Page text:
NAFCC conducted a survey  of family child care professionals in August 2020 to understand the current conditions, needs, and struggles that family child care programs across the nation are facing amidst a global pandemic.
As we approached a new school year, continue to face unmet need for supplies and operation, and existing federal grants and loans ended, this fourth NAFCC survey was designed to learn more about family child care providers specific needs. Family child care has been put in the spotlight during this global pandemic while simultaneously having taken a hit as an industry. Despite the unique benefits that family child care brings to the table, it has steadily been in decline and COVID-19 threatens to accelerate this process.
Grants and Loans
Though the CARES Act, the PPP, and other grants and loans available to providers were temporarily beneficial, they are not necessarily long-term solutions. A majority of providers indicated that they were awarded at least one grant or loan to help support their programs, not enough information was collected to know how much money providers were awarded. The temporary nature of the financial resources available is not enough to sustain providers’ programs through a long-lasting pandemic.
School Age Children
Although a majority of providers indicated that their state regulations would allow them to enroll school-aged children in some capacity, it was discovered that many providers have reservations about increasing their enrollment for school aged children. Just because a provider can enroll more school-aged children doesn’t necessarily mean providers will increase enrollment.
When asked if in alignment with their local school system’s reopening plan they were able to enroll school-aged children in their family child care program, three-quarters of respondents said that their current state child care regulations allow them to enroll aged school children, while only 7% of respondents said their state did not allow them to enroll school-aged children, but 18% were unsure if their state allowed them to.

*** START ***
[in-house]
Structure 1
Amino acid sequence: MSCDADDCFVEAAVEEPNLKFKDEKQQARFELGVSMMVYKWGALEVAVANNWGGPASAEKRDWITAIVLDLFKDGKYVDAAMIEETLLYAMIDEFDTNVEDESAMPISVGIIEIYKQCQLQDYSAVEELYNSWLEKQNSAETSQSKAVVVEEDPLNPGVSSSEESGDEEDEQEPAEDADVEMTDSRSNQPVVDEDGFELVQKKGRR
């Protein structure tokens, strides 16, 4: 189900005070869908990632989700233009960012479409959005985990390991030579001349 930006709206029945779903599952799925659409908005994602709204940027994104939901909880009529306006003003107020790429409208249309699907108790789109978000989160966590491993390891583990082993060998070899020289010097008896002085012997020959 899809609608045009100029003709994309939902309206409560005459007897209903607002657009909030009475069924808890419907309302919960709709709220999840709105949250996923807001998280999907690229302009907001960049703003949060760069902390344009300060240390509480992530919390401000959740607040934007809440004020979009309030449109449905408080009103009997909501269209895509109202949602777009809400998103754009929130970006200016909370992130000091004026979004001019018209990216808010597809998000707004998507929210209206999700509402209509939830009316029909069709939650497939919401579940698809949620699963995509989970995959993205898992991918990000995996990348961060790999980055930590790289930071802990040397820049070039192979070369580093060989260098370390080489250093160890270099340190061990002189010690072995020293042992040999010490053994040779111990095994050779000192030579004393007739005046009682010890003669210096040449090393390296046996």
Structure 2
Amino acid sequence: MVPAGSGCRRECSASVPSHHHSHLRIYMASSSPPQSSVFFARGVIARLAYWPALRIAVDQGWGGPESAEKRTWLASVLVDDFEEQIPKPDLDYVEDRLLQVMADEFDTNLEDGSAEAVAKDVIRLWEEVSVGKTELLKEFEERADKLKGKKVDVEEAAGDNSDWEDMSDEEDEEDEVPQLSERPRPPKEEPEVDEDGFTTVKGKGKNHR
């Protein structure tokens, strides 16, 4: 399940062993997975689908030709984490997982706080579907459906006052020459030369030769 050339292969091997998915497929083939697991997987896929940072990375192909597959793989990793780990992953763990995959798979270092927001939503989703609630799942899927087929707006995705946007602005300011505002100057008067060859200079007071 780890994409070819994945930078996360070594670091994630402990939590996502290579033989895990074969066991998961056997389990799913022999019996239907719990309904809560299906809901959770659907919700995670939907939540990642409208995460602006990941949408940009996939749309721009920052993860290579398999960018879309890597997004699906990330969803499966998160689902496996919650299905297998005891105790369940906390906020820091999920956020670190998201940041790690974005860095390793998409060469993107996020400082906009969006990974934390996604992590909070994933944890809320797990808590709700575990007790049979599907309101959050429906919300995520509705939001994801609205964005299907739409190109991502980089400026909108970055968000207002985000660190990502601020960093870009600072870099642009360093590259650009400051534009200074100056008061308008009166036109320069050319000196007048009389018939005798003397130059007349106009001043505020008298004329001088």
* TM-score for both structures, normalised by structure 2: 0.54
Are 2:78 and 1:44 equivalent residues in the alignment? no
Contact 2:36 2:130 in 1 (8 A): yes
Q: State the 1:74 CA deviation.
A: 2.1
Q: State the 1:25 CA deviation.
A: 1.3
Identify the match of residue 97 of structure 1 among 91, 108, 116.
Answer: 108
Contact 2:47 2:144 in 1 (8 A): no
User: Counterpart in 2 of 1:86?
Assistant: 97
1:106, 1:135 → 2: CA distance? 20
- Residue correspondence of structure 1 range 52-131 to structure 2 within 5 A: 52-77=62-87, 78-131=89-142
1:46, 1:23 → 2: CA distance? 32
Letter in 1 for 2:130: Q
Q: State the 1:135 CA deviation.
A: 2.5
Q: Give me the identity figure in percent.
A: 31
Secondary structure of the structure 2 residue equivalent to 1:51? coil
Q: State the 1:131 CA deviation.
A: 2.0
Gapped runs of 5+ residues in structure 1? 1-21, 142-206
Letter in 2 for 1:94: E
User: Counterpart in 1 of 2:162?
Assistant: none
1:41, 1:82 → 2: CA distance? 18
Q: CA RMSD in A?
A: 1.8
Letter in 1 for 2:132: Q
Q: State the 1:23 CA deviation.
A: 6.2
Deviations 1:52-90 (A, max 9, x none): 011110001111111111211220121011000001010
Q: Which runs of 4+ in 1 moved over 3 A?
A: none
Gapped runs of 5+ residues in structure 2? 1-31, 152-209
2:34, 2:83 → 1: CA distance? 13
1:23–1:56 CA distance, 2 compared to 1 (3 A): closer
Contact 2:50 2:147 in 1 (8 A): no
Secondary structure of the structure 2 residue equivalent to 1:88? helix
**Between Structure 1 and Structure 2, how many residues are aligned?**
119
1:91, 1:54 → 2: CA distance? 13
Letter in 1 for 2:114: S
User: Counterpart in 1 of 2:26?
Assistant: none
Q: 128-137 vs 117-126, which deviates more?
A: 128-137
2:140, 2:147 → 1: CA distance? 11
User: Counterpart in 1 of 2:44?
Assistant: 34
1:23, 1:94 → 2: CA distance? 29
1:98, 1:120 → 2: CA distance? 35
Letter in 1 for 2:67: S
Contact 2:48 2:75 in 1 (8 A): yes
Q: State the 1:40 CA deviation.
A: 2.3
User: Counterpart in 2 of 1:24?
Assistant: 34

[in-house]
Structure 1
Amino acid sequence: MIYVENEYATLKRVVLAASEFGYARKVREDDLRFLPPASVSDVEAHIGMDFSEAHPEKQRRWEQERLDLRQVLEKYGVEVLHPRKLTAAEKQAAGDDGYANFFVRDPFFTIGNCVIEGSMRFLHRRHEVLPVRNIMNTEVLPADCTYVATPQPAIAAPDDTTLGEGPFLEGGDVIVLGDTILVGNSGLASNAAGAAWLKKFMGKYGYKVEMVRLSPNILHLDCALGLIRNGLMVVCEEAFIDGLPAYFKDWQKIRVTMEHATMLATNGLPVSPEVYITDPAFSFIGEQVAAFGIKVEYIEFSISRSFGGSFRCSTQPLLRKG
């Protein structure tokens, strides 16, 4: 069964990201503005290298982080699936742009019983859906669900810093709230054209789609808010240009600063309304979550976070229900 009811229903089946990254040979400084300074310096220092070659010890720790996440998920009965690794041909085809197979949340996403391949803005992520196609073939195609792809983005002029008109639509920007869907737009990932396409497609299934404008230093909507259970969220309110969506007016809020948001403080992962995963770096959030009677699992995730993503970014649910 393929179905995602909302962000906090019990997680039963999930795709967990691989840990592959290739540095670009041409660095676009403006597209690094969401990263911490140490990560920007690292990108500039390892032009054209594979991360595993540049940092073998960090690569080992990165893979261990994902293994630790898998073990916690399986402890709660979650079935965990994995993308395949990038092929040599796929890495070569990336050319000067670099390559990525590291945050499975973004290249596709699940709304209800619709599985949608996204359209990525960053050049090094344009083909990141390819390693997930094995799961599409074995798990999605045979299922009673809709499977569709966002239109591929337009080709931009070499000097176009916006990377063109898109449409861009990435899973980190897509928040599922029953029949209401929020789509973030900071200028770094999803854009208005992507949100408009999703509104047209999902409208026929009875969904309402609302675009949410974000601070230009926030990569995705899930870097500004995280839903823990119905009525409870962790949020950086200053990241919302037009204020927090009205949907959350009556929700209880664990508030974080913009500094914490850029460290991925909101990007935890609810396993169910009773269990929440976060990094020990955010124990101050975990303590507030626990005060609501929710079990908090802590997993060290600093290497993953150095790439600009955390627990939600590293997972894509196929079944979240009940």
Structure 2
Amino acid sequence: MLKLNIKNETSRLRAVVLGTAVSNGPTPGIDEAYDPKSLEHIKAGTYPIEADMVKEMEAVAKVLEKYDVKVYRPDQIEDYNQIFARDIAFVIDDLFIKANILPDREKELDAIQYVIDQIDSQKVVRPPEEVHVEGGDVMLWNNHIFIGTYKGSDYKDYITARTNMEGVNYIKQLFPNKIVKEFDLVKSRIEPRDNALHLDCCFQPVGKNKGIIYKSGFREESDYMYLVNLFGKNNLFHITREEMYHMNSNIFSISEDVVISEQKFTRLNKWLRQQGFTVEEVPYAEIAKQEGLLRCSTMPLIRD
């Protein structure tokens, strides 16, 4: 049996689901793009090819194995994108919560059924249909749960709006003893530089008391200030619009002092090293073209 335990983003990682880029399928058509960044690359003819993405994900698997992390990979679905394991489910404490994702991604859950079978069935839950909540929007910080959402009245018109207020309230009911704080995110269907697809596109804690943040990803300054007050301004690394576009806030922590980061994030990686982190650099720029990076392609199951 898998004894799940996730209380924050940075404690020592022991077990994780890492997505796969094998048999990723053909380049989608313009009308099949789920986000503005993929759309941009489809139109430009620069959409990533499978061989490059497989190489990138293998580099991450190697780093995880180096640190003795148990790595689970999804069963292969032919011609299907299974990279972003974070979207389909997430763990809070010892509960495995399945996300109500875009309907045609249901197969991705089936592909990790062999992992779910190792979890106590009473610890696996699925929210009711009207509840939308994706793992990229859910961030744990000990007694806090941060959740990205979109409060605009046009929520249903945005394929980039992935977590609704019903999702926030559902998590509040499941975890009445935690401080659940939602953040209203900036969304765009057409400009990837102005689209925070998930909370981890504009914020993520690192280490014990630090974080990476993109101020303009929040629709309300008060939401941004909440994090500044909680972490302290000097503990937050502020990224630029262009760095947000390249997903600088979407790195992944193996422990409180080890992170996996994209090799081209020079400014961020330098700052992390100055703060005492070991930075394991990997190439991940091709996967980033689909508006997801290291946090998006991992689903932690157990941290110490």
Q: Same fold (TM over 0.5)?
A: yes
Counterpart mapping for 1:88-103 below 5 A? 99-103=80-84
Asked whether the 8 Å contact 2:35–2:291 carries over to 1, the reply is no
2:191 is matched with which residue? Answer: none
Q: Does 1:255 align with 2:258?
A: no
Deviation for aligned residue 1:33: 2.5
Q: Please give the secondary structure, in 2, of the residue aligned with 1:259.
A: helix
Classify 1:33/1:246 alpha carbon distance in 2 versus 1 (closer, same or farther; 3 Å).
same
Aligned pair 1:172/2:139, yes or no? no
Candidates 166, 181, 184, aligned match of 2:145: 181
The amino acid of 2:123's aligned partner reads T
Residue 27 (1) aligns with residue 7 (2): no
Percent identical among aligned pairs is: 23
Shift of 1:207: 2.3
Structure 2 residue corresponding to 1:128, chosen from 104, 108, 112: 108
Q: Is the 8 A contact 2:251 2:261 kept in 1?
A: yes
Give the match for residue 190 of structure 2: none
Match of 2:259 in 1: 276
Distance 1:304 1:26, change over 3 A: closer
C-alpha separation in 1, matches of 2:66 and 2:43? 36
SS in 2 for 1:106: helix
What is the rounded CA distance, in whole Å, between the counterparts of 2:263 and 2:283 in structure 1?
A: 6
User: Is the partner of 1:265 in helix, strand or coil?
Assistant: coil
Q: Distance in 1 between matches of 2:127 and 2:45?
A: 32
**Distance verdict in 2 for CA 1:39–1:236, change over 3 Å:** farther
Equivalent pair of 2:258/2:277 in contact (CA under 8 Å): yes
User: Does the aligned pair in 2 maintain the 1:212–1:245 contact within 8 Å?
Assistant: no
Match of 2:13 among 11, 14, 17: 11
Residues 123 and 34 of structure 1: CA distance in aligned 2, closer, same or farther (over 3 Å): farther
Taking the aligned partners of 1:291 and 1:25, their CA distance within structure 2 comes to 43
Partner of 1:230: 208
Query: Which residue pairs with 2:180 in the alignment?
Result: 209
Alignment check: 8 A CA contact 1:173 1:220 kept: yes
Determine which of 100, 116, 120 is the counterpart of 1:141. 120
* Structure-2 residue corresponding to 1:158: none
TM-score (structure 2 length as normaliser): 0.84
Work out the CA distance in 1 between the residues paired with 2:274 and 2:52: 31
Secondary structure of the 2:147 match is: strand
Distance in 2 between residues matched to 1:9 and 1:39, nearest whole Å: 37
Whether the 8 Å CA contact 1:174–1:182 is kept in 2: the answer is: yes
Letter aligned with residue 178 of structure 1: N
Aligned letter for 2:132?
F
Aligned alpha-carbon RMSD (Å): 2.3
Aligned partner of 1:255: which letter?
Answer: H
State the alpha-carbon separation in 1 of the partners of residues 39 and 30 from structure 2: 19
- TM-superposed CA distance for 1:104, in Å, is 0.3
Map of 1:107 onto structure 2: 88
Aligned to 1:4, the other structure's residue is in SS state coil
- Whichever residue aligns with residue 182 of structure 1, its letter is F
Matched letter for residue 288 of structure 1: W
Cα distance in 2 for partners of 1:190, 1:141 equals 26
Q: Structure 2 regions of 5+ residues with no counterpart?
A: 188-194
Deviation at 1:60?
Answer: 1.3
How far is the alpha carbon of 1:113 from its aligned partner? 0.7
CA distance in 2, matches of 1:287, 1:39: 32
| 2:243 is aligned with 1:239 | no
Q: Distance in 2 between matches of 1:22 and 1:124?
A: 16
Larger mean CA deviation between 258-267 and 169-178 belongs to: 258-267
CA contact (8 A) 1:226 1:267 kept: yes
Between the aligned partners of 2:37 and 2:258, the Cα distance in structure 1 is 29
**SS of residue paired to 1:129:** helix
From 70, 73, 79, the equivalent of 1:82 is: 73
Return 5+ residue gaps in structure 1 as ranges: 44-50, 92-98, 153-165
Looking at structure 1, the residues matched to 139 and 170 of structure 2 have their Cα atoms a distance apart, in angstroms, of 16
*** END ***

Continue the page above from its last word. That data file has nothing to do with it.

The survey found that the biggest obstacles family child care providers face in being able to provide care to school aged children are:
1.Health and safety concerns
2.Being able to secure needed resources for school aged children (such as furniture, internet, computers, and other equipment needed to assist in virtual learning) 3.State legislation/child care regulations
Supplied for Operations
The survey revealed that many providers are still finding it difficult to attain necessary supplies, particularly cleaning supplies, that allow them to operate their programs safely. A small group of providers revealed that their state was helping provide necessary supplies which leaves a majority of providers and their programs to secure their own resources that are out of reach.
Urgent Action Needed: $50 Billion For Child Care
Many family child care providers and their programs are struggling during this pandemic. The permanent impact this virus will have on families and on child care may not be currently clear, but it is obvious that providers need immediate federal funding put in place to stabilize their programs.
Family child care providers are essential workers, but they currently aren’t being provided with the same resources that other essential workers are being given. If long-term financial solutions for family child care providers cannot be found or created quickly, the nation risks losing many providers who may have to shut their doors for good.
NAFCC urges Congress to immediately approve $50 billion in relief funds for the child care industry. Waiting, or choosing not to make this investment, is not an option as what we wait or fail to do, our nation and our children will pay for later.
 The survey opened on August 14, 2020 and closed on August 23, 2020. There were 1,088 responses collected in English (85%) and 194 responses collected in Spanish (15%) for a total of 1,282 responses collected.